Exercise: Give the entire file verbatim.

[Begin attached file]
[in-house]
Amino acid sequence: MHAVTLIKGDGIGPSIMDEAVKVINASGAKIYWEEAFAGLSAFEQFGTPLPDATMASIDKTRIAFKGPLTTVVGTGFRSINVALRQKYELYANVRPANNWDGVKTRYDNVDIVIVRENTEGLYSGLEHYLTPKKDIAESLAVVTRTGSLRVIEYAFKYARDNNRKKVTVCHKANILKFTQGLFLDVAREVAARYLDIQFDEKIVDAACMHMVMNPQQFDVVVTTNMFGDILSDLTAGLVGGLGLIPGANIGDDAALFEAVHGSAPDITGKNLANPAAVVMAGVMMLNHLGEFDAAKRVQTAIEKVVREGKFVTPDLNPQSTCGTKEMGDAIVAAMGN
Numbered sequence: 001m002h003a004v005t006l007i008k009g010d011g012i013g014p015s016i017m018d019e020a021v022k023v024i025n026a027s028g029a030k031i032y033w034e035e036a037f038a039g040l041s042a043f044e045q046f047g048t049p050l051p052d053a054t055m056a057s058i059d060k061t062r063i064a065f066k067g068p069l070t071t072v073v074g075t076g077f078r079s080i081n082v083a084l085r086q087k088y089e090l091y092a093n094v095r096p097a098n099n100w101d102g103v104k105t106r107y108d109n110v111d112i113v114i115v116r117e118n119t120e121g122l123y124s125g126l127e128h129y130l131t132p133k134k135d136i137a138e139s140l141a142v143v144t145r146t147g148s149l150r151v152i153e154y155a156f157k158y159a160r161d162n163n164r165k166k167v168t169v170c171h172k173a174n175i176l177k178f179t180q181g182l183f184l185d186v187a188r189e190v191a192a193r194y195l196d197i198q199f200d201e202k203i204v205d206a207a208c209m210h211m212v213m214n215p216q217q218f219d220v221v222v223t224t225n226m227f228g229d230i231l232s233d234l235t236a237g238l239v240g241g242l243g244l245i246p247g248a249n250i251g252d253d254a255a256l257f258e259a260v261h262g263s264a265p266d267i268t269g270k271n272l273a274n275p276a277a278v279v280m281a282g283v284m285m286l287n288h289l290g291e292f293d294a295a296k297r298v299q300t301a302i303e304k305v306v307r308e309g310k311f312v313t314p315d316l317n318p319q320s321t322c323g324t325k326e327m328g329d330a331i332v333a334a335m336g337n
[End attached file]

[in-house]
Amino acid sequence: MHAVTLIKGDGIGPSIMDEAVKVINASGAKIYWEEAFAGLSAFEQFGTPLPDATMASIDKTRIAFKGPLTTVVGTGFRSINVALRQKYELYANVRPANNWDGVKTRYDNVDIVIVRENTEGLYSGLEHYLTPKKDIAESLAVVTRTGSLRVIEYAFKYARDNNRKKVTVCHKANILKFTQGLFLDVAREVAARYLDIQFDEKIVDAACMHMVMNPQQFDVVVTTNMFGDILSDLTAGLVGGLGLIPGANIGDDAALFEAVHGSAPDITGKNLANPAAVVMAGVMMLNHLGEFDAAKRVQTAIEKVVREGKFVTPDLNPQSTCGTKEMGDAIVAAMGN
Numbered sequence: 001m002h003a004v005t006l007i008k009g010d011g012i013g014p015s016i017m018d019e020a021v022k023v024i025n026a027s028g029a030k031i032y033w034e035e036a037f038a039g040l041s042a043f044e045q046f047g048t049p050l051p052d053a054t055m056a057s058i059d060k061t062r063i064a065f066k067g068p069l070t071t072v073v074g075t076g077f078r079s080i081n082v083a084l085r086q087k088y089e090l091y092a093n094v095r096p097a098n099n100w101d102g103v104k105t106r107y108d109n110v111d112i113v114i115v116r117e118n119t120e121g122l123y124s125g126l127e128h129y130l131t132p133k134k135d136i137a138e139s140l141a142v143v144t145r146t147g148s149l150r151v152i153e154y155a156f157k158y159a160r161d162n163n164r165k166k167v168t169v170c171h172k173a174n175i176l177k178f179t180q181g182l183f184l185d186v187a188r189e190v191a192a193r194y195l196d197i198q199f200d201e202k203i204v205d206a207a208c209m210h211m212v213m214n215p216q217q218f219d220v221v222v223t224t225n226m227f228g229d230i231l232s233d234l235t236a237g238l239v240g241g242l243g244l245i246p247g248a249n250i251g252d253d254a255a256l257f258e259a260v261h262g263s264a265p266d267i268t269g270k271n272l273a274n275p276a277a278v279v280m281a282g283v284m285m286l287n288h289l290g291e292f293d294a295a296k297r298v299q300t301a302i303e304k305v306v307r308e309g310k311f312v313t314p315d316l317n318p319q320s321t322c323g324t325k326e327m328g329d330a331i332v333a334a335m336g337n